The number of people expected to be brought under the Bill is negligible because the Bill, in its original form, was intended to cover people with progressive conditions anyway. The inclusion of HIV in the Bill has not changed the Bill's intentions towards progressive conditions or towards people who may have had HIV in any case. It uses HIV as an example of a viral condition and makes it clear that people can come under the terms of the Bill even if they have such a condition. The amendment only established that on the face of the Bill. Therefore, there is no extra cost.
§ Mr. Alfred Morris (Manchester, Wythenshawe)
The hon. Gentleman said that the cost of what is proposed is minimal. At what stage does he expect to be able to say anything about the total cost of the Bill as amended? Has he any idea of what the total cost of what the Government are proposing will be?
§ Mr. Burt
That is not really at issue. As the right hon. Gentleman knows, the total cost of the Bill will depend, to some extent, on the speed with which regulations are brought into effect. The main difference between the Bills offered by the Government and the Opposition has been that to introduce the Bill too rapidly would increase the costs to those who are going to be expected to provide goods and services in future. Our method of introducing the Bill over a period will mean that the costs will be reasonable for industry, while still matching the aspirations of disabled people.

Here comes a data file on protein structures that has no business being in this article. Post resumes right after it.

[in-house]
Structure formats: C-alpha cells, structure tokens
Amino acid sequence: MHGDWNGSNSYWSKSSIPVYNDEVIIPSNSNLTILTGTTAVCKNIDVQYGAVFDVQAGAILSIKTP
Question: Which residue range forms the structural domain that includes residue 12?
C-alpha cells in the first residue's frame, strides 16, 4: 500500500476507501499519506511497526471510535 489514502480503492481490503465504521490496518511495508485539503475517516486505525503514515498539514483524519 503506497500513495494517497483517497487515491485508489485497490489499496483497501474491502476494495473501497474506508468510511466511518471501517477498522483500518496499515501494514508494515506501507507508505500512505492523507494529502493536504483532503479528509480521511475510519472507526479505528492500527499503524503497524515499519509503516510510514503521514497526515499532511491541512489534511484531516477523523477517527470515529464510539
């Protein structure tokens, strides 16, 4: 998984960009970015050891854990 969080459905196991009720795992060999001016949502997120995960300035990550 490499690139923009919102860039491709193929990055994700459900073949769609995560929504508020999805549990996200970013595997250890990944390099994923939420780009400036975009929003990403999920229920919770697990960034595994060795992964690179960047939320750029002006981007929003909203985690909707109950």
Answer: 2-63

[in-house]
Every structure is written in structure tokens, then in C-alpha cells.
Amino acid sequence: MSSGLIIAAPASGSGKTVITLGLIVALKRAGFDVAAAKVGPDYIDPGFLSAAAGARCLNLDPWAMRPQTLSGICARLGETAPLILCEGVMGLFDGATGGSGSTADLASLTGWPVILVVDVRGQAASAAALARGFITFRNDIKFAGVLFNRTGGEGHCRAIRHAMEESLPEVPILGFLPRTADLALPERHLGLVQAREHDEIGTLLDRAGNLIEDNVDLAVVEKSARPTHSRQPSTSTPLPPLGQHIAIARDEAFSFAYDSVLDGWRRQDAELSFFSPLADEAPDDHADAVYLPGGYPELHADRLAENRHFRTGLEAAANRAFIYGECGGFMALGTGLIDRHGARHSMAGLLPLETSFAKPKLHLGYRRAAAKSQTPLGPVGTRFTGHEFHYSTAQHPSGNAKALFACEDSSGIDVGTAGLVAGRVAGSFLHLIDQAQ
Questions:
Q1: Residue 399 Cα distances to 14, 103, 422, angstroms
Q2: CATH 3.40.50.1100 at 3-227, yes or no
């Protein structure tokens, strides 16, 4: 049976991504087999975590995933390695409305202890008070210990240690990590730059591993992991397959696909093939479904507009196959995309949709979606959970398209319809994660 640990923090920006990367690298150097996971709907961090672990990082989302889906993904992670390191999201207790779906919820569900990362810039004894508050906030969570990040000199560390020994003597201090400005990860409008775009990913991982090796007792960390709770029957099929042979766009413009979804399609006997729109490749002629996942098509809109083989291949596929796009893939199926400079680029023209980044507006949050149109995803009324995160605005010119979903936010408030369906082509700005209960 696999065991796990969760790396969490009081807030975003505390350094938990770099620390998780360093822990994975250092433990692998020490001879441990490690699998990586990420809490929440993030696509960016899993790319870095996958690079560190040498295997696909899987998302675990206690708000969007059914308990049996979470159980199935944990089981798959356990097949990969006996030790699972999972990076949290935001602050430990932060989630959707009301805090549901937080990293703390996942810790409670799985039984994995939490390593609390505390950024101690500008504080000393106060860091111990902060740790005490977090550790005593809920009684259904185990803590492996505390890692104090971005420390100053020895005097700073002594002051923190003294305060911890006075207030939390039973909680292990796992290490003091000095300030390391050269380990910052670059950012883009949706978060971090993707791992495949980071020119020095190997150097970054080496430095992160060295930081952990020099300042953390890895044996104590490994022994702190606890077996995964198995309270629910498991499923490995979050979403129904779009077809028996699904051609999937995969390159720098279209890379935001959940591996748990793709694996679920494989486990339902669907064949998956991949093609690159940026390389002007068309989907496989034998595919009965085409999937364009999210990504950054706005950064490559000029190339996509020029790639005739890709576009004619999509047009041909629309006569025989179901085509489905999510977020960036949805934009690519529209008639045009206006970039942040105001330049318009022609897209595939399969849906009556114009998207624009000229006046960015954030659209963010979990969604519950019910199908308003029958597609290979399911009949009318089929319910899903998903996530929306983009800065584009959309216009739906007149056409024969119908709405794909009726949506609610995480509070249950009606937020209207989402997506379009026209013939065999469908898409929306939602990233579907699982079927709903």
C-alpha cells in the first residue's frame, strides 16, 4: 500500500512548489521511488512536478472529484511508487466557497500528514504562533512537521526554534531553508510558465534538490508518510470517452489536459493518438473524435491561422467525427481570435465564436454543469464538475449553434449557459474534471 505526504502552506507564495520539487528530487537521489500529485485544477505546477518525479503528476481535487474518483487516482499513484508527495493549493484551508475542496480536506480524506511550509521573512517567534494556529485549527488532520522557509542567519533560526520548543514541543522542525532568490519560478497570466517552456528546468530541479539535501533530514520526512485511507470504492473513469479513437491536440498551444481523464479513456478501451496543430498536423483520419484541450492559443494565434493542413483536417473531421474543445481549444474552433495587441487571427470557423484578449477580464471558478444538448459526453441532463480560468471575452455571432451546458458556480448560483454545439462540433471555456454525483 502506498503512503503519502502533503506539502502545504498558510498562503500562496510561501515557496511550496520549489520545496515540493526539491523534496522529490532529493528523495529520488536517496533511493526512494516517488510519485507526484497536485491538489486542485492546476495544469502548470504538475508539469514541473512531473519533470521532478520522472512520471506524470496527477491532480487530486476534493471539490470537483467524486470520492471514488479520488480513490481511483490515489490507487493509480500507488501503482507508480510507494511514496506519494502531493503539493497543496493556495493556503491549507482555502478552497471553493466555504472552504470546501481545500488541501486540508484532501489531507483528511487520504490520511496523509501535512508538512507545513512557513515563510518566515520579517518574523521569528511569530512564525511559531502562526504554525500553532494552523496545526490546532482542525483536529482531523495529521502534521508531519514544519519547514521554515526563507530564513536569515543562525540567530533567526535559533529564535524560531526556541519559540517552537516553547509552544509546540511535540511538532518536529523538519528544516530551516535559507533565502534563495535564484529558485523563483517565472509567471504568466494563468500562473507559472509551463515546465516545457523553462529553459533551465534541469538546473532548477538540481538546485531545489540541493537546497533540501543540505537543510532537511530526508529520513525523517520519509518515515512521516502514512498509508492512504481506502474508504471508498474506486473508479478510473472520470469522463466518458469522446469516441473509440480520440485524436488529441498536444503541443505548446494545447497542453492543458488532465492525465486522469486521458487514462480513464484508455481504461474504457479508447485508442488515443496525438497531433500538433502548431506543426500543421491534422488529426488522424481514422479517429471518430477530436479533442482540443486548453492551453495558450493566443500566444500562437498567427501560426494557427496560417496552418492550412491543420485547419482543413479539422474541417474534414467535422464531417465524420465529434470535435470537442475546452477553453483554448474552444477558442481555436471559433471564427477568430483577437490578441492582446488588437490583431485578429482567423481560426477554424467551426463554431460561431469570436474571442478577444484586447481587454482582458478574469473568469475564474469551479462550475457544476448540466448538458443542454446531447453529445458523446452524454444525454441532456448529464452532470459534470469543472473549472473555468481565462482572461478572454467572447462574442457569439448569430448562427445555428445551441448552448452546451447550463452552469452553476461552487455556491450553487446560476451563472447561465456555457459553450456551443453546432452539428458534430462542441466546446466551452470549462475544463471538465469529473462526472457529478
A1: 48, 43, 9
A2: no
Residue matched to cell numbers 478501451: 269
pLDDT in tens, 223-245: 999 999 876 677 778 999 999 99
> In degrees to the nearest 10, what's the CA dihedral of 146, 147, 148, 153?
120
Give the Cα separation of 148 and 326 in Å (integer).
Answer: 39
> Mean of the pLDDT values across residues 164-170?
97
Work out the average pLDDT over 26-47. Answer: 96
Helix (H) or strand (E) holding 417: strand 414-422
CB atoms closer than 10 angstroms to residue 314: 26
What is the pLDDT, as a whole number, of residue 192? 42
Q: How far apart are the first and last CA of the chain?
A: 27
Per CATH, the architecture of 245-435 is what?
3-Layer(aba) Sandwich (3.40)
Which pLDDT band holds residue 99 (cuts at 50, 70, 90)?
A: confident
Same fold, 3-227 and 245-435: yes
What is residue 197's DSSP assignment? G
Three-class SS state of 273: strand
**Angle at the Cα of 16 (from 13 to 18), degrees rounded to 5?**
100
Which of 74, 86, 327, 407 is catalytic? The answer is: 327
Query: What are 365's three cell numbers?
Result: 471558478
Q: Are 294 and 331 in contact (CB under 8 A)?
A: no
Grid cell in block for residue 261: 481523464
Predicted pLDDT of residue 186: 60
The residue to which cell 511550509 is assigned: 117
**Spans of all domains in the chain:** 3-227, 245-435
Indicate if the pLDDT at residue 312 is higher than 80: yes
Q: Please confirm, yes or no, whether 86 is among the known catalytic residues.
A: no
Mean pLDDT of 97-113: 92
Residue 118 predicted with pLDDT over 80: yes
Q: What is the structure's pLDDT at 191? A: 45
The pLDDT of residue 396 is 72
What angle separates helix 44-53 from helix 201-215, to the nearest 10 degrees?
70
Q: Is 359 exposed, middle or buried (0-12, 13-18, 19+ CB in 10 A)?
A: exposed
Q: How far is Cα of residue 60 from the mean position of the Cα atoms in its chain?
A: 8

§ Mr. Morris
I am grateful to the Minister, who, as always, was as helpful as was possible. I mentioned the total cost of what is proposed because such great play was made about the cost of my Bill—the Civil Rights 111 (Disabled Persons) Bill. It was said repeatedly that that would cost £17 billion. If the Government felt able to make that costing, how long will it be before they can cost what is proposed in this much different Bill?
§ Mr. Burt